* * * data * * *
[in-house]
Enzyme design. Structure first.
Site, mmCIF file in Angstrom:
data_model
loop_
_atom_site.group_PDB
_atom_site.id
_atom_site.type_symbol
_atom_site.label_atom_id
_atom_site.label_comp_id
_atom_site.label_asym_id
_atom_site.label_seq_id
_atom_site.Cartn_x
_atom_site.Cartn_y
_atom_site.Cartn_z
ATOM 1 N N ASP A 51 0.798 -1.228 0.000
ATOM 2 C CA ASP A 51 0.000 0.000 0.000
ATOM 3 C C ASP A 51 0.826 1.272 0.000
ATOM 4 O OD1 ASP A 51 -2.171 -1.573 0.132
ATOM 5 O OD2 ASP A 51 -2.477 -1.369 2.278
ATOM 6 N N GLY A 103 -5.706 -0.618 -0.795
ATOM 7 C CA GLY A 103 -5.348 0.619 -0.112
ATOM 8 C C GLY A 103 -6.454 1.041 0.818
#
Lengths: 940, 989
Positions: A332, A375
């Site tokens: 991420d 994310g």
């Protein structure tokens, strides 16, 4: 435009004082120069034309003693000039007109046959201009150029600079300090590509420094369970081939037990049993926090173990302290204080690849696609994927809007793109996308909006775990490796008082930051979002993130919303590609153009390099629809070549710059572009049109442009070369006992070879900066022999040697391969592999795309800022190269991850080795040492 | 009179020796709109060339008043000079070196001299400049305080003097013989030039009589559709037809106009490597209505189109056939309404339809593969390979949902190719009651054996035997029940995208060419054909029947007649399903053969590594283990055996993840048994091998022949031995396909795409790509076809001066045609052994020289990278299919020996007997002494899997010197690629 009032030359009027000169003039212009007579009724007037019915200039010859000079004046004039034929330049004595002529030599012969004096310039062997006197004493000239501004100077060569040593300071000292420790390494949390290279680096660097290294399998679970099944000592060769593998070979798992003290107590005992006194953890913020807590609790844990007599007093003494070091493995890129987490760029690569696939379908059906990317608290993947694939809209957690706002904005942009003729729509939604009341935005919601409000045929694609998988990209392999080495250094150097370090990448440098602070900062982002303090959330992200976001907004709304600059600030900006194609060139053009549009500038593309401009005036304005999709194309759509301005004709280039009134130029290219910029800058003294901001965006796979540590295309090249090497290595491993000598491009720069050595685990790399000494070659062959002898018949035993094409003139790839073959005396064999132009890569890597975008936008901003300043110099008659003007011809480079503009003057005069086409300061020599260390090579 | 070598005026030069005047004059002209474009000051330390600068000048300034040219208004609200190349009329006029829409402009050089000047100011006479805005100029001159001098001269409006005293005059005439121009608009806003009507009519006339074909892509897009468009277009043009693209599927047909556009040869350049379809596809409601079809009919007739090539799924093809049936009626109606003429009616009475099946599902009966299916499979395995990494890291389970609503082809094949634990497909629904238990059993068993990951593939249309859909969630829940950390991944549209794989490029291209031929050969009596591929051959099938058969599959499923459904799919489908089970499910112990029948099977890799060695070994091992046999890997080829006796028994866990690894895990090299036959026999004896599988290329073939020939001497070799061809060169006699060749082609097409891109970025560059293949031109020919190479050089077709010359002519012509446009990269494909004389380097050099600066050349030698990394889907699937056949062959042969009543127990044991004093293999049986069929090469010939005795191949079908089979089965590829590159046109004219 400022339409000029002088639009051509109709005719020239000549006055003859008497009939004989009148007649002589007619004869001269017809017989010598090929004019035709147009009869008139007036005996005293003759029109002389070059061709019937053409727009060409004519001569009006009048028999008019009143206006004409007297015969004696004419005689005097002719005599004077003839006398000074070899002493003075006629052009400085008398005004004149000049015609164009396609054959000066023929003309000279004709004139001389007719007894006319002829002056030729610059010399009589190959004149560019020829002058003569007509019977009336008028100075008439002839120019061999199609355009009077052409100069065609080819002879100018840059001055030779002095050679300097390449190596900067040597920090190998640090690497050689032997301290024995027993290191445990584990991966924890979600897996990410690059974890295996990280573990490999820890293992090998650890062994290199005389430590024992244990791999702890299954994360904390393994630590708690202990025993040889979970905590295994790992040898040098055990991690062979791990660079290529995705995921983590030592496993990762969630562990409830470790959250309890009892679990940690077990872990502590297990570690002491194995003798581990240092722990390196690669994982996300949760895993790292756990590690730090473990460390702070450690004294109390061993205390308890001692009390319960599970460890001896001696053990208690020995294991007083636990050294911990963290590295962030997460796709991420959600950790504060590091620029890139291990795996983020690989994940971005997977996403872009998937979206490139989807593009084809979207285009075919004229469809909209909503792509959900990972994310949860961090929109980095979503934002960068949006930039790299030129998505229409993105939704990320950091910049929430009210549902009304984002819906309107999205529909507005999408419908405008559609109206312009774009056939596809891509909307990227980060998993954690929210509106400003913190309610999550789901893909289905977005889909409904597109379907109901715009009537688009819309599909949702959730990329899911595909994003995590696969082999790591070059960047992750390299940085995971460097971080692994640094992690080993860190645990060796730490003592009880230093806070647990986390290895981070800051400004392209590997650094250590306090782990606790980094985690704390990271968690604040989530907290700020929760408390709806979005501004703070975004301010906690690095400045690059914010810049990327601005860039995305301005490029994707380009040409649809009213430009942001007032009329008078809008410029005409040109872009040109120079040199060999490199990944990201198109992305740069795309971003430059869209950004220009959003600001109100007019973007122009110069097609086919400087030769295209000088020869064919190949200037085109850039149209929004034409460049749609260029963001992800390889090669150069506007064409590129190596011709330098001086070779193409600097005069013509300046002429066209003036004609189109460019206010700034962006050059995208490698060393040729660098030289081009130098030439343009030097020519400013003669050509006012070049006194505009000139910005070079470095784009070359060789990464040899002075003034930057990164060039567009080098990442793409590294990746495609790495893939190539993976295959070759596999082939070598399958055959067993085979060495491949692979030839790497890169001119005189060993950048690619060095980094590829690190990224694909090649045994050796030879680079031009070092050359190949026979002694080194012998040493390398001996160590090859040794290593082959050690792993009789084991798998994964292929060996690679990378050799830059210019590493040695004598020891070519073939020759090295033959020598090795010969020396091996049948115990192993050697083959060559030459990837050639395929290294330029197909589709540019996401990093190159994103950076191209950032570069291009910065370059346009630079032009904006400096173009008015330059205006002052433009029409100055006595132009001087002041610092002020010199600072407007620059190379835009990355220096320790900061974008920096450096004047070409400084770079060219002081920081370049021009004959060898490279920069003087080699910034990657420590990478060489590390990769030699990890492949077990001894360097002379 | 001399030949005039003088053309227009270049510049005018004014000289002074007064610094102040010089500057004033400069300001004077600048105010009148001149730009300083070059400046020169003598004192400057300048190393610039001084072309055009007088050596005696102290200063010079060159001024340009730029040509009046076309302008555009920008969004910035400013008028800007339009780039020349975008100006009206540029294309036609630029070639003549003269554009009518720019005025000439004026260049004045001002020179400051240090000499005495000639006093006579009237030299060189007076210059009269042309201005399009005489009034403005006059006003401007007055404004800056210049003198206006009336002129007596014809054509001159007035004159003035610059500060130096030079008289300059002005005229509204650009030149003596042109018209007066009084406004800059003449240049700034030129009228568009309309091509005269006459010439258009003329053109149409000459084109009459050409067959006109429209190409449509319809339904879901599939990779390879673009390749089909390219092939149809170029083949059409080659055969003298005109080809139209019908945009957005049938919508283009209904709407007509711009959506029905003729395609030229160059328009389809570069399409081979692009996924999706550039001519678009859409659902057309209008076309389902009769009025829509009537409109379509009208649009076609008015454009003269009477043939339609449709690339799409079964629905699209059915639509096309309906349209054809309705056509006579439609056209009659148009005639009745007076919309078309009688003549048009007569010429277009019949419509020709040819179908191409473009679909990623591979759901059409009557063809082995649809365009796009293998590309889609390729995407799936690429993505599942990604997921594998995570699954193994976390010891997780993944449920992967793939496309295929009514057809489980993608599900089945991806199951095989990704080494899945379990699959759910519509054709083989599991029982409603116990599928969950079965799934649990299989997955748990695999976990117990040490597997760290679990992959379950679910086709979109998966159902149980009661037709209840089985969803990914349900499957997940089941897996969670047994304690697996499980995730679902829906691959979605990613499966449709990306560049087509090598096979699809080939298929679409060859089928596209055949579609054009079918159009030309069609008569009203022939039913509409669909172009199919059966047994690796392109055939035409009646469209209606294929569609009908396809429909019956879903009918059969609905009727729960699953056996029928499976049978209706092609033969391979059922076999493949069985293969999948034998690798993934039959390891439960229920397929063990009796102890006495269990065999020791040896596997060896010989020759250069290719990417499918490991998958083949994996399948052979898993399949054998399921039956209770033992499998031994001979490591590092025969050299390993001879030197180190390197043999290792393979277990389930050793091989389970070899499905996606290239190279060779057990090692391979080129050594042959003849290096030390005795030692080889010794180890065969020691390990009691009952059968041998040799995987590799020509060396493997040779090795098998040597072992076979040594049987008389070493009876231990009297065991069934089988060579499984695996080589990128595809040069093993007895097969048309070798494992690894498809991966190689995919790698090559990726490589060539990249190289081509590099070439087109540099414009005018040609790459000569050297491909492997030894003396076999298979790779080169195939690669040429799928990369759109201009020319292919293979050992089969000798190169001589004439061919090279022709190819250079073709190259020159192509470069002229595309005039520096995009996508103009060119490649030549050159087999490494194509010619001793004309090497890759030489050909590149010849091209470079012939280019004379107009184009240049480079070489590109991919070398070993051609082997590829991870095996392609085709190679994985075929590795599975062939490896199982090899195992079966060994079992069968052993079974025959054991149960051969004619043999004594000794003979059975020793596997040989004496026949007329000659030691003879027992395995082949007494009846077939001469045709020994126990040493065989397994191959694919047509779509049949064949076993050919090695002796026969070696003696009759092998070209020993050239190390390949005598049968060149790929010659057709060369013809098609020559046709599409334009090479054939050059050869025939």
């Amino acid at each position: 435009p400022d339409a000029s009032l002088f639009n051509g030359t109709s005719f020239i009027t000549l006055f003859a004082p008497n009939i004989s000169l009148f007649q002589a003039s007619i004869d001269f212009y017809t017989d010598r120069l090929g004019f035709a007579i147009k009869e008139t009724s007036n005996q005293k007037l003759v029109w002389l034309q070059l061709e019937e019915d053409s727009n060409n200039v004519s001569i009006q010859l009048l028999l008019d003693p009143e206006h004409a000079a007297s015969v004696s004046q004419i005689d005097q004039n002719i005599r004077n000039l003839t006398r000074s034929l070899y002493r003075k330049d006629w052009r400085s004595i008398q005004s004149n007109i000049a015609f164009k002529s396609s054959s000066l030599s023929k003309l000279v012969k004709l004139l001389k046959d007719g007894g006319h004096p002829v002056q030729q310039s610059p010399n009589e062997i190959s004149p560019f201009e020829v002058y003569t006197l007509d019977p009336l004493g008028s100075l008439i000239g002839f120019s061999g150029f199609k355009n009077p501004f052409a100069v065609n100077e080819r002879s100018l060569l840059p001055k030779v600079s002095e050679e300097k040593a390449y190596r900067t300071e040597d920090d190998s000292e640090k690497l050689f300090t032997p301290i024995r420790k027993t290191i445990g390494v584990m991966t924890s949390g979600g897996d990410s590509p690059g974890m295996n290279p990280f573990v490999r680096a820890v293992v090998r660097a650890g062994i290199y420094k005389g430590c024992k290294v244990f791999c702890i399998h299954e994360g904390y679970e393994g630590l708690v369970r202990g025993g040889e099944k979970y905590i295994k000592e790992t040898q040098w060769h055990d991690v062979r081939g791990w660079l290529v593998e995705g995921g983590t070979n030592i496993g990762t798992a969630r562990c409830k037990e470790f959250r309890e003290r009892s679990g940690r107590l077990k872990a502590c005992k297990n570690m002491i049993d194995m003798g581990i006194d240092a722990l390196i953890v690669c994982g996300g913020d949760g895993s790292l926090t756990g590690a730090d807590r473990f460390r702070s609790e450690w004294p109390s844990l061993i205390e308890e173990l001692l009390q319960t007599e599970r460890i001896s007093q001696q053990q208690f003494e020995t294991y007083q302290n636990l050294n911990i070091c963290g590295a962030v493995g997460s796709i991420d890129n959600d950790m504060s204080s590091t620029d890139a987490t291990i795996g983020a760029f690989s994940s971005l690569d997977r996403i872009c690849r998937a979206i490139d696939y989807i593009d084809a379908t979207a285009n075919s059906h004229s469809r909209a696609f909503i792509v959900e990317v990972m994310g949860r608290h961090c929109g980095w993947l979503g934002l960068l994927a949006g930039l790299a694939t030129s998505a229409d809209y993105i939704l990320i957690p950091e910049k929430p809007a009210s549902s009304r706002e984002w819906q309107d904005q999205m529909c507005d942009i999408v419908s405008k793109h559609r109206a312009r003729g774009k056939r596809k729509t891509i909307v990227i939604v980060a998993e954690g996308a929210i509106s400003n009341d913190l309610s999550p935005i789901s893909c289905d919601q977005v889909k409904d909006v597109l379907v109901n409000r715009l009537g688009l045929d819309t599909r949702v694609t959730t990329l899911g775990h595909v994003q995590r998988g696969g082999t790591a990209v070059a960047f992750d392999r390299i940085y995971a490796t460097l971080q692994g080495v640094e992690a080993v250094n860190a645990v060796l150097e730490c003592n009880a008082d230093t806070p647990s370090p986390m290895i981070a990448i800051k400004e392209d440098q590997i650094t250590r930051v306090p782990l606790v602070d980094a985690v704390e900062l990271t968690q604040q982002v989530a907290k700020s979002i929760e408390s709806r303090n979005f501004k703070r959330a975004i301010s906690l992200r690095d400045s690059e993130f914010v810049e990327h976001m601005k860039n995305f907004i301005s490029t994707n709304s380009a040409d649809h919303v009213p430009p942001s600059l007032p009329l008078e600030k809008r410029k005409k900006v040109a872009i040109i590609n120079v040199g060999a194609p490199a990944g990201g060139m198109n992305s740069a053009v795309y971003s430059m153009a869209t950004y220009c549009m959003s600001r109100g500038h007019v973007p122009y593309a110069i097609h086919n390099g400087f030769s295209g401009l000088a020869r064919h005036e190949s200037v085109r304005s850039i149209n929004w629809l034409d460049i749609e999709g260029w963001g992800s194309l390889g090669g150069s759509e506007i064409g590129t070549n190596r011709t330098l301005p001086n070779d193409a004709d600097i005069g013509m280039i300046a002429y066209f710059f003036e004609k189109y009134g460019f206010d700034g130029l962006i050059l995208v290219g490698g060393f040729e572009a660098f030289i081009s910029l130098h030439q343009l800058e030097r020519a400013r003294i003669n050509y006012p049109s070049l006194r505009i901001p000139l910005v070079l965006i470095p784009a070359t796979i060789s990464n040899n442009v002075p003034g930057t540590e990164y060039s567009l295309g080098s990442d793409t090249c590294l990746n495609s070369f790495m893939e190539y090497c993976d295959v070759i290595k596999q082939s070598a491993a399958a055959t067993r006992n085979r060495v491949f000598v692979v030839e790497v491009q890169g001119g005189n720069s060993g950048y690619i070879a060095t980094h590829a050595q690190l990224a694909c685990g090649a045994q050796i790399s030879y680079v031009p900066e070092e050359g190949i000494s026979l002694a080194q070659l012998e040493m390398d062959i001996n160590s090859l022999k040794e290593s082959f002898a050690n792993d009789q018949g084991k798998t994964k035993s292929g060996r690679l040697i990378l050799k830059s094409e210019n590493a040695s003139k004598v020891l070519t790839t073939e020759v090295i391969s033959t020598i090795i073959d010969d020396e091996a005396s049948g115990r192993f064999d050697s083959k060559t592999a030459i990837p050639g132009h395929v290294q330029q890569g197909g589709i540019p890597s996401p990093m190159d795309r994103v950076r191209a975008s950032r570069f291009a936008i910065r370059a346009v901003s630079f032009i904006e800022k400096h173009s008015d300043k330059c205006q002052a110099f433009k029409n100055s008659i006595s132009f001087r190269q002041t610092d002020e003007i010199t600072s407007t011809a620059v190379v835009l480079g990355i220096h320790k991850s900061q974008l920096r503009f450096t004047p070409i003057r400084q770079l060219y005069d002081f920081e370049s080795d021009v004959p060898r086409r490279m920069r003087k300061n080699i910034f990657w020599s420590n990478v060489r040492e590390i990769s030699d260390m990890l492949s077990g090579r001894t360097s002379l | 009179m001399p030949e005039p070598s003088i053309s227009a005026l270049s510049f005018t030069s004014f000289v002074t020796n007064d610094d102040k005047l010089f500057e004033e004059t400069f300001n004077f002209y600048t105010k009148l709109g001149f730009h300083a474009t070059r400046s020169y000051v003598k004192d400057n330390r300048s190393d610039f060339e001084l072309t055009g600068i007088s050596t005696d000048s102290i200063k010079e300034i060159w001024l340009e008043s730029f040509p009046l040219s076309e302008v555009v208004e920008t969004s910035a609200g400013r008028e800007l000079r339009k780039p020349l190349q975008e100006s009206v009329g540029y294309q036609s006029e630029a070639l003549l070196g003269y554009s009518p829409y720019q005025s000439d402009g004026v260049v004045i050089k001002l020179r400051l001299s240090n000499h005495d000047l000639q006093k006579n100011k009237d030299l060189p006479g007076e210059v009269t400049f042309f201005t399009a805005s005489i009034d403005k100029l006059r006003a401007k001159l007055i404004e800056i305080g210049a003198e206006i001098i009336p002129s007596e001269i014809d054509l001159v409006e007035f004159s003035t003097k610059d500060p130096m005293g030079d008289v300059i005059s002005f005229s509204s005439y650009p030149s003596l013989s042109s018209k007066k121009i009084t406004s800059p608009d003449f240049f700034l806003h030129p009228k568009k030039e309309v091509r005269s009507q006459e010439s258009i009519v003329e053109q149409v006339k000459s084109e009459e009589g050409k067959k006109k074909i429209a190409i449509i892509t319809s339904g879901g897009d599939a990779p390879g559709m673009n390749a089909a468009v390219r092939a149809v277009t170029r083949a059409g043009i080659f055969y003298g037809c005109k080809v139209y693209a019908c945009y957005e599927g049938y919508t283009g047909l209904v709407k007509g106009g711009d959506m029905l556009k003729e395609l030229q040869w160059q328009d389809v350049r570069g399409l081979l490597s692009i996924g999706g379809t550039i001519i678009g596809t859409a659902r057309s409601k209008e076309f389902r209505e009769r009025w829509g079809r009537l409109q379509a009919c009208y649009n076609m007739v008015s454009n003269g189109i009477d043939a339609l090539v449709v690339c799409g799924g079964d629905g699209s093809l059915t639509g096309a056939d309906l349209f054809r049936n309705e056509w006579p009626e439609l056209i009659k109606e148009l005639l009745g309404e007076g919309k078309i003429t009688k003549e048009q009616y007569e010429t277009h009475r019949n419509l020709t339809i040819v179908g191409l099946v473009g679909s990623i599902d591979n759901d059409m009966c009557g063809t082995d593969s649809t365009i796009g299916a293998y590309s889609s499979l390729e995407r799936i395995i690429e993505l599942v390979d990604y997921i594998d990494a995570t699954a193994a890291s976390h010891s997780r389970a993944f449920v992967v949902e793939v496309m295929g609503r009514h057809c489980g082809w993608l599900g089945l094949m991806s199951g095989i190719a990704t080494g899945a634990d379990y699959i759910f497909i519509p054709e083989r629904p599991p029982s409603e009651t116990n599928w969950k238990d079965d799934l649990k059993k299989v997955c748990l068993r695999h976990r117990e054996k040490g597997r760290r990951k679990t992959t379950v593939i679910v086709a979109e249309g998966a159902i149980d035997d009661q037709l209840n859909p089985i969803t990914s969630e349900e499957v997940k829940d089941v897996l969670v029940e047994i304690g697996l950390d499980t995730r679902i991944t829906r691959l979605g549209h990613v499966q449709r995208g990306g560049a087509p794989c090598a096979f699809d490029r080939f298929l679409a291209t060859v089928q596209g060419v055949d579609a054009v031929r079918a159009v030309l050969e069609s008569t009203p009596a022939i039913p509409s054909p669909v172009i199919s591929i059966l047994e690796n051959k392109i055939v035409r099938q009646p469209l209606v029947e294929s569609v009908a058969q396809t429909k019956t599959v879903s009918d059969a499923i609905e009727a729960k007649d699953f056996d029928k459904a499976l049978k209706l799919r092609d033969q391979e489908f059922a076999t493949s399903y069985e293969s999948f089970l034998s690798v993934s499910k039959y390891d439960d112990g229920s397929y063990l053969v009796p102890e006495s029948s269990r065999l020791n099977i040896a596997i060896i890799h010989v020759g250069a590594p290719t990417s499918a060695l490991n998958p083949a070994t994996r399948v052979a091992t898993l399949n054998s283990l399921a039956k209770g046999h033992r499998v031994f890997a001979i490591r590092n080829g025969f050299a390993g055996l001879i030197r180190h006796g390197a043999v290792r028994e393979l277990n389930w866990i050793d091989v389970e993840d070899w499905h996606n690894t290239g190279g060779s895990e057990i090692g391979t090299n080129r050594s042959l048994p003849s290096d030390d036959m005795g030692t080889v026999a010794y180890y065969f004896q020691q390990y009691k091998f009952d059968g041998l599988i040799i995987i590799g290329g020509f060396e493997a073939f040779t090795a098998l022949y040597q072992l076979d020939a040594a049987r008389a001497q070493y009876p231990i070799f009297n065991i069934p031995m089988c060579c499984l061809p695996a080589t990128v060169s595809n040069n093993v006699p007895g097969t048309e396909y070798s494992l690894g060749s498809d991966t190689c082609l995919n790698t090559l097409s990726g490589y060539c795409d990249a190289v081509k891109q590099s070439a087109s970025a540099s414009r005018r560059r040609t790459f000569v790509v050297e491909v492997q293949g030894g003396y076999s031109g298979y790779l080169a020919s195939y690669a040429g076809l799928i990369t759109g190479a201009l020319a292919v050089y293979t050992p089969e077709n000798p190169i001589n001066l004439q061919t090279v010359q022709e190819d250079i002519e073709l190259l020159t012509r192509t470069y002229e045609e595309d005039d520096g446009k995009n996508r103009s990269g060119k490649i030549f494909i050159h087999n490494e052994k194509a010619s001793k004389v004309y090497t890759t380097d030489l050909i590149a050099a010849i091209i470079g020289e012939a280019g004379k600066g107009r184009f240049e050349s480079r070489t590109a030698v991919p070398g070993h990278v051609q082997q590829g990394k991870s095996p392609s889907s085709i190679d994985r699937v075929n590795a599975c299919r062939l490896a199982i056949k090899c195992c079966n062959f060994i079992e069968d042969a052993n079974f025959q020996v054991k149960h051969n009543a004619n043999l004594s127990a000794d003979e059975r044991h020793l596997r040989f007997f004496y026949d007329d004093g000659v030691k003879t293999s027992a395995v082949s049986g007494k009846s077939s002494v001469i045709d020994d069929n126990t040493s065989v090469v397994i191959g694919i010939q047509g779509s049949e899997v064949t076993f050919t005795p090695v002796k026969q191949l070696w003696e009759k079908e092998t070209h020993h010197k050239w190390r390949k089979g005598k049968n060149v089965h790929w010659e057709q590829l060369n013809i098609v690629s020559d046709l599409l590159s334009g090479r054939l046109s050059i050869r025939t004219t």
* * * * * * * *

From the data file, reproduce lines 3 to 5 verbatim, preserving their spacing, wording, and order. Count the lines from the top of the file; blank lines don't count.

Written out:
Site, mmCIF file in Angstrom:
data_model
loop_